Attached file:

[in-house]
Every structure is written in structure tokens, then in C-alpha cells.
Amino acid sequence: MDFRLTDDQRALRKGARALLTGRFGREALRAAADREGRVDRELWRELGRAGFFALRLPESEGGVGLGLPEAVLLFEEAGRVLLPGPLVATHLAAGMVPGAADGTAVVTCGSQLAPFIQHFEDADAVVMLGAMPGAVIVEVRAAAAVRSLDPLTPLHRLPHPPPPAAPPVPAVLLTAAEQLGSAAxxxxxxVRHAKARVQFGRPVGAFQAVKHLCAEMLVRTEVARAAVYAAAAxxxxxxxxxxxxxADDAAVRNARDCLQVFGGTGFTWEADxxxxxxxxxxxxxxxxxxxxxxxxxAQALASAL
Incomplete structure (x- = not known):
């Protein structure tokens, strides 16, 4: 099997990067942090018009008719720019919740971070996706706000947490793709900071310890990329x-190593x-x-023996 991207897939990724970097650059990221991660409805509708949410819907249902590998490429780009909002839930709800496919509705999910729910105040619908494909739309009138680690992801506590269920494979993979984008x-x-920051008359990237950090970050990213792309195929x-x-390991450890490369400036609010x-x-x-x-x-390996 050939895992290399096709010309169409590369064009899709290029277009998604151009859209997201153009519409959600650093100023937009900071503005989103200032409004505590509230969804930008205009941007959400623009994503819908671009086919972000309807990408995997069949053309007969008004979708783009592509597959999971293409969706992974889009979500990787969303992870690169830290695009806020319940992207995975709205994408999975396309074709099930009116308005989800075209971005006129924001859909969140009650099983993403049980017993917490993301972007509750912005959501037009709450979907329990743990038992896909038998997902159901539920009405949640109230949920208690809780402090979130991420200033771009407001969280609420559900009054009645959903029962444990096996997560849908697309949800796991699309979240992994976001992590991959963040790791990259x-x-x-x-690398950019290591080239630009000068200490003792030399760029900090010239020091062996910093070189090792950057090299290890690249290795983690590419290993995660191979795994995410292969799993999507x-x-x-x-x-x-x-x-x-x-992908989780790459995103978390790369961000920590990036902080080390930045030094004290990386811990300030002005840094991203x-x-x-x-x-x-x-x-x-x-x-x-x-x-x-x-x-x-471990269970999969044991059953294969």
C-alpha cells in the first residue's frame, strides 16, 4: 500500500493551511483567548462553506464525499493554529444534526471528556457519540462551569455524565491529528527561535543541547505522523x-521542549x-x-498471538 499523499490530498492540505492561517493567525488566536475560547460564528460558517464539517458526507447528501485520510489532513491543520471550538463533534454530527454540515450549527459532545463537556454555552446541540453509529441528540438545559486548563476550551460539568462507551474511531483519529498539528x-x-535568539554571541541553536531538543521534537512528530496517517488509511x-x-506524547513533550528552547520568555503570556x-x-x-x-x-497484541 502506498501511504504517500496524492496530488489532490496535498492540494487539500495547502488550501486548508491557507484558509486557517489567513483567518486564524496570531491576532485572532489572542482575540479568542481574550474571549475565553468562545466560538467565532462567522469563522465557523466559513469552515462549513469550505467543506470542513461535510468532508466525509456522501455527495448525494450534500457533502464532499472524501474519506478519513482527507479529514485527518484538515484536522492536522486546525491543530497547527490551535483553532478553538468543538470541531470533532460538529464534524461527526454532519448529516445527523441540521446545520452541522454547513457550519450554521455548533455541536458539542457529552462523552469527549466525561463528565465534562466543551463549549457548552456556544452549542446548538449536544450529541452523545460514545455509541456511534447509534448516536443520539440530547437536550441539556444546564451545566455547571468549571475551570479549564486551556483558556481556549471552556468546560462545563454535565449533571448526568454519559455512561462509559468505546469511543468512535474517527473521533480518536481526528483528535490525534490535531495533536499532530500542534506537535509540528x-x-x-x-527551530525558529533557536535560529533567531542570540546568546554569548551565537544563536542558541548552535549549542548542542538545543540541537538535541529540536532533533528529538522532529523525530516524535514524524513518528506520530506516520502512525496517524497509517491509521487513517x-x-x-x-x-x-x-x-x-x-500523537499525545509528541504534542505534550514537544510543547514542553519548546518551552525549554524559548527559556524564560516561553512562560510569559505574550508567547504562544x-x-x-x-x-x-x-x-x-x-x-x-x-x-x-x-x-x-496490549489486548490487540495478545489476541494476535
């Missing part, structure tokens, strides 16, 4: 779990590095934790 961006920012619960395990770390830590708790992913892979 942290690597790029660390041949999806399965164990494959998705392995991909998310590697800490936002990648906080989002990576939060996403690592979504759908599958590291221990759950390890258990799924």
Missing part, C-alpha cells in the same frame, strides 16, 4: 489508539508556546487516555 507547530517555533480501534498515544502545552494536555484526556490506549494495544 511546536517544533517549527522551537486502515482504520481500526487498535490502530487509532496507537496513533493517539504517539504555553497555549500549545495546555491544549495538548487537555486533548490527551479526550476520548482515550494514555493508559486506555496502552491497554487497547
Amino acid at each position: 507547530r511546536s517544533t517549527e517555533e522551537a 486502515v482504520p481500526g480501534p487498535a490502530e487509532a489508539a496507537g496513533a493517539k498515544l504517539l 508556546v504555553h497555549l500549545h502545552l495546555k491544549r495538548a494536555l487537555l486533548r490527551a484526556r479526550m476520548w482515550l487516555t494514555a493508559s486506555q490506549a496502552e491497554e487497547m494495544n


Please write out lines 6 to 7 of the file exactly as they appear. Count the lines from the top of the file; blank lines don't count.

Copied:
C-alpha cells in the first residue's frame, strides 16, 4: 500500500493551511483567548462553506464525499493554529444534526471528556457519540462551569455524565491529528527561535543541547505522523x-521542549x-x-498471538 499523499490530498492540505492561517493567525488566536475560547460564528460558517464539517458526507447528501485520510489532513491543520471550538463533534454530527454540515450549527459532545463537556454555552446541540453509529441528540438545559486548563476550551460539568462507551474511531483519529498539528x-x-535568539554571541541553536531538543521534537512528530496517517488509511x-x-506524547513533550528552547520568555503570556x-x-x-x-x-497484541 502506498501511504504517500496524492496530488489532490496535498492540494487539500495547502488550501486548508491557507484558509486557517489567513483567518486564524496570531491576532485572532489572542482575540479568542481574550474571549475565553468562545466560538467565532462567522469563522465557523466559513469552515462549513469550505467543506470542513461535510468532508466525509456522501455527495448525494450534500457533502464532499472524501474519506478519513482527507479529514485527518484538515484536522492536522486546525491543530497547527490551535483553532478553538468543538470541531470533532460538529464534524461527526454532519448529516445527523441540521446545520452541522454547513457550519450554521455548533455541536458539542457529552462523552469527549466525561463528565465534562466543551463549549457548552456556544452549542446548538449536544450529541452523545460514545455509541456511534447509534448516536443520539440530547437536550441539556444546564451545566455547571468549571475551570479549564486551556483558556481556549471552556468546560462545563454535565449533571448526568454519559455512561462509559468505546469511543468512535474517527473521533480518536481526528483528535490525534490535531495533536499532530500542534506537535509540528x-x-x-x-527551530525558529533557536535560529533567531542570540546568546554569548551565537544563536542558541548552535549549542548542542538545543540541537538535541529540536532533533528529538522532529523525530516524535514524524513518528506520530506516520502512525496517524497509517491509521487513517x-x-x-x-x-x-x-x-x-x-500523537499525545509528541504534542505534550514537544510543547514542553519548546518551552525549554524559548527559556524564560516561553512562560510569559505574550508567547504562544x-x-x-x-x-x-x-x-x-x-x-x-x-x-x-x-x-x-496490549489486548490487540495478545489476541494476535
């Missing part, structure tokens, strides 16, 4: 779990590095934790 961006920012619960395990770390830590708790992913892979 942290690597790029660390041949999806399965164990494959998705392995991909998310590697800490936002990648906080989002990576939060996403690592979504759908599958590291221990759950390890258990799924």